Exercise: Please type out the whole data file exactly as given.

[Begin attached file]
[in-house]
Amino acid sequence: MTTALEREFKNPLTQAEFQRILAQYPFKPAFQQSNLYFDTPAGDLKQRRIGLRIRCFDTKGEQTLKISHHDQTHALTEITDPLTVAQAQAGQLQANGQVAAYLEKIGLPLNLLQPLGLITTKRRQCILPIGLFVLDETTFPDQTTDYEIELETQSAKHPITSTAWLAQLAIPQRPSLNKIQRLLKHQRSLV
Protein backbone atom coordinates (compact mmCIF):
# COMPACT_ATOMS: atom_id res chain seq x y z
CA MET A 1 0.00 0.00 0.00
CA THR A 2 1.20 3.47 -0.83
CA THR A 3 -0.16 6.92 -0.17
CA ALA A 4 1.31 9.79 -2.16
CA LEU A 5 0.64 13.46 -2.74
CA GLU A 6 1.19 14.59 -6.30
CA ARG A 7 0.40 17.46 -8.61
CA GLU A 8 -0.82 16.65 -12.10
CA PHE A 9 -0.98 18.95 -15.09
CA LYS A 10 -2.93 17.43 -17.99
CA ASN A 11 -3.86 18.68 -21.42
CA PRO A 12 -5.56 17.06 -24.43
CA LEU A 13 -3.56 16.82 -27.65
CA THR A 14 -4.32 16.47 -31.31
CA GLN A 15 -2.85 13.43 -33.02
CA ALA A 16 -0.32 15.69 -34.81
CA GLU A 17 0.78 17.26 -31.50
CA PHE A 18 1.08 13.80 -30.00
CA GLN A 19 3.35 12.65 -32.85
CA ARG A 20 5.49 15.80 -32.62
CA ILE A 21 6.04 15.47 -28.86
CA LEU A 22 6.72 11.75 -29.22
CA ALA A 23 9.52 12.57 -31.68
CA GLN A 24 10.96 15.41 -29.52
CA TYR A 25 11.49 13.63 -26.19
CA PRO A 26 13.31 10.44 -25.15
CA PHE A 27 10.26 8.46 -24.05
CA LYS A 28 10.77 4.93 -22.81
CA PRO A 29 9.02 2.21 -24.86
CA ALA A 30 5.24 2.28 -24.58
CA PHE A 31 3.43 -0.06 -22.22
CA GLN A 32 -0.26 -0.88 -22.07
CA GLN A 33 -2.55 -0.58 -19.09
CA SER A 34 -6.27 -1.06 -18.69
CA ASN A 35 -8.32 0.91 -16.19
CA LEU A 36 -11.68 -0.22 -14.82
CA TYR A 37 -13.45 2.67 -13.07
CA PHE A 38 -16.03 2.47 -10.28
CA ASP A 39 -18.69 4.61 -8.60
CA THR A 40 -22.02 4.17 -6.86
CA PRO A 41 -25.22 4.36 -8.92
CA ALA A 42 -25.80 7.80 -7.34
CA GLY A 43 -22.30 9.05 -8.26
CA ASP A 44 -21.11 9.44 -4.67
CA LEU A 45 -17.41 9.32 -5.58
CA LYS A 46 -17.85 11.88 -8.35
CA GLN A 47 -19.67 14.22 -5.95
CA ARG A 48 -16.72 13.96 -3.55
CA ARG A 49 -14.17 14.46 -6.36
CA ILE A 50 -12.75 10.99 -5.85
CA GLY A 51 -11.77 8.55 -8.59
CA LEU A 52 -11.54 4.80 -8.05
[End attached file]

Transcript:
[in-house]
Amino acid sequence: MTTALEREFKNPLTQAEFQRILAQYPFKPAFQQSNLYFDTPAGDLKQRRIGLRIRCFDTKGEQTLKISHHDQTHALTEITDPLTVAQAQAGQLQANGQVAAYLEKIGLPLNLLQPLGLITTKRRQCILPIGLFVLDETTFPDQTTDYEIELETQSAKHPITSTAWLAQLAIPQRPSLNKIQRLLKHQRSLV
Protein backbone atom coordinates (compact mmCIF):
# COMPACT_ATOMS: atom_id res chain seq x y z
CA MET A 1 0.00 0.00 0.00
CA THR A 2 1.20 3.47 -0.83
CA THR A 3 -0.16 6.92 -0.17
CA ALA A 4 1.31 9.79 -2.16
CA LEU A 5 0.64 13.46 -2.74
CA GLU A 6 1.19 14.59 -6.30
CA ARG A 7 0.40 17.46 -8.61
CA GLU A 8 -0.82 16.65 -12.10
CA PHE A 9 -0.98 18.95 -15.09
CA LYS A 10 -2.93 17.43 -17.99
CA ASN A 11 -3.86 18.68 -21.42
CA PRO A 12 -5.56 17.06 -24.43
CA LEU A 13 -3.56 16.82 -27.65
CA THR A 14 -4.32 16.47 -31.31
CA GLN A 15 -2.85 13.43 -33.02
CA ALA A 16 -0.32 15.69 -34.81
CA GLU A 17 0.78 17.26 -31.50
CA PHE A 18 1.08 13.80 -30.00
CA GLN A 19 3.35 12.65 -32.85
CA ARG A 20 5.49 15.80 -32.62
CA ILE A 21 6.04 15.47 -28.86
CA LEU A 22 6.72 11.75 -29.22
CA ALA A 23 9.52 12.57 -31.68
CA GLN A 24 10.96 15.41 -29.52
CA TYR A 25 11.49 13.63 -26.19
CA PRO A 26 13.31 10.44 -25.15
CA PHE A 27 10.26 8.46 -24.05
CA LYS A 28 10.77 4.93 -22.81
CA PRO A 29 9.02 2.21 -24.86
CA ALA A 30 5.24 2.28 -24.58
CA PHE A 31 3.43 -0.06 -22.22
CA GLN A 32 -0.26 -0.88 -22.07
CA GLN A 33 -2.55 -0.58 -19.09
CA SER A 34 -6.27 -1.06 -18.69
CA ASN A 35 -8.32 0.91 -16.19
CA LEU A 36 -11.68 -0.22 -14.82
CA TYR A 37 -13.45 2.67 -13.07
CA PHE A 38 -16.03 2.47 -10.28
CA ASP A 39 -18.69 4.61 -8.60
CA THR A 40 -22.02 4.17 -6.86
CA PRO A 41 -25.22 4.36 -8.92
CA ALA A 42 -25.80 7.80 -7.34
CA GLY A 43 -22.30 9.05 -8.26
CA ASP A 44 -21.11 9.44 -4.67
CA LEU A 45 -17.41 9.32 -5.58
CA LYS A 46 -17.85 11.88 -8.35
CA GLN A 47 -19.67 14.22 -5.95
CA ARG A 48 -16.72 13.96 -3.55
CA ARG A 49 -14.17 14.46 -6.36
CA ILE A 50 -12.75 10.99 -5.85
CA GLY A 51 -11.77 8.55 -8.59
CA LEU A 52 -11.54 4.80 -8.05